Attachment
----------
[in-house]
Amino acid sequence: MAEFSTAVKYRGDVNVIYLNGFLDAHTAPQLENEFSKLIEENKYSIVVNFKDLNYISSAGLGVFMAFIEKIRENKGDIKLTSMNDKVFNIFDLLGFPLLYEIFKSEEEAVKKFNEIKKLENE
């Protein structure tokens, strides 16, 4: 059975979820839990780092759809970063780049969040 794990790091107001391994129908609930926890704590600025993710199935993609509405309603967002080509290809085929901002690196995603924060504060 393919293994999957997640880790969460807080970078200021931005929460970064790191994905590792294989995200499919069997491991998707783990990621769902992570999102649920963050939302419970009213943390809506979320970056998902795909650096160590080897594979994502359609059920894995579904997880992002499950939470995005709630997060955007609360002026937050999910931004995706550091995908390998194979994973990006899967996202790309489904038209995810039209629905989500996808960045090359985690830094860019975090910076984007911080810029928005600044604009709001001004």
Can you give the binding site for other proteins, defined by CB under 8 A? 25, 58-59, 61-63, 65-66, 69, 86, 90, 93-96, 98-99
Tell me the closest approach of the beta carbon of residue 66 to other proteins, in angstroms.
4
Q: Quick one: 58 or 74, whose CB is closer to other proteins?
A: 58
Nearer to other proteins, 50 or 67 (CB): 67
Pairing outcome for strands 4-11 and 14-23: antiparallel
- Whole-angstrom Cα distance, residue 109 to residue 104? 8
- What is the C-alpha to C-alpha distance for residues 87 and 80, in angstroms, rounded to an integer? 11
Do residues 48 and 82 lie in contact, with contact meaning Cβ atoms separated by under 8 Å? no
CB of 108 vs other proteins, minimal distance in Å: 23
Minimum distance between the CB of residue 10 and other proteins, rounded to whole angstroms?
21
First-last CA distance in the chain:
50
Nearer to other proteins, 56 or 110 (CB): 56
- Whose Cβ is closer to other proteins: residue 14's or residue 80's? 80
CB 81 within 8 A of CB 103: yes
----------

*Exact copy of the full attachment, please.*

[in-house]
Amino acid sequence: MAEFSTAVKYRGDVNVIYLNGFLDAHTAPQLENEFSKLIEENKYSIVVNFKDLNYISSAGLGVFMAFIEKIRENKGDIKLTSMNDKVFNIFDLLGFPLLYEIFKSEEEAVKKFNEIKKLENE
């Protein structure tokens, strides 16, 4: 059975979820839990780092759809970063780049969040 794990790091107001391994129908609930926890704590600025993710199935993609509405309603967002080509290809085929901002690196995603924060504060 393919293994999957997640880790969460807080970078200021931005929460970064790191994905590792294989995200499919069997491991998707783990990621769902992570999102649920963050939302419970009213943390809506979320970056998902795909650096160590080897594979994502359609059920894995579904997880992002499950939470995005709630997060955007609360002026937050999910931004995706550091995908390998194979994973990006899967996202790309489904038209995810039209629905989500996808960045090359985690830094860019975090910076984007911080810029928005600044604009709001001004």
Can you give the binding site for other proteins, defined by CB under 8 A? 25, 58-59, 61-63, 65-66, 69, 86, 90, 93-96, 98-99
Tell me the closest approach of the beta carbon of residue 66 to other proteins, in angstroms.
4
Q: Quick one: 58 or 74, whose CB is closer to other proteins?
A: 58
Nearer to other proteins, 50 or 67 (CB): 67
Pairing outcome for strands 4-11 and 14-23: antiparallel
- Whole-angstrom Cα distance, residue 109 to residue 104? 8
- What is the C-alpha to C-alpha distance for residues 87 and 80, in angstroms, rounded to an integer? 11
Do residues 48 and 82 lie in contact, with contact meaning Cβ atoms separated by under 8 Å? no
CB of 108 vs other proteins, minimal distance in Å: 23
Minimum distance between the CB of residue 10 and other proteins, rounded to whole angstroms?
21
First-last CA distance in the chain:
50
Nearer to other proteins, 56 or 110 (CB): 56
- Whose Cβ is closer to other proteins: residue 14's or residue 80's? 80
CB 81 within 8 A of CB 103: yes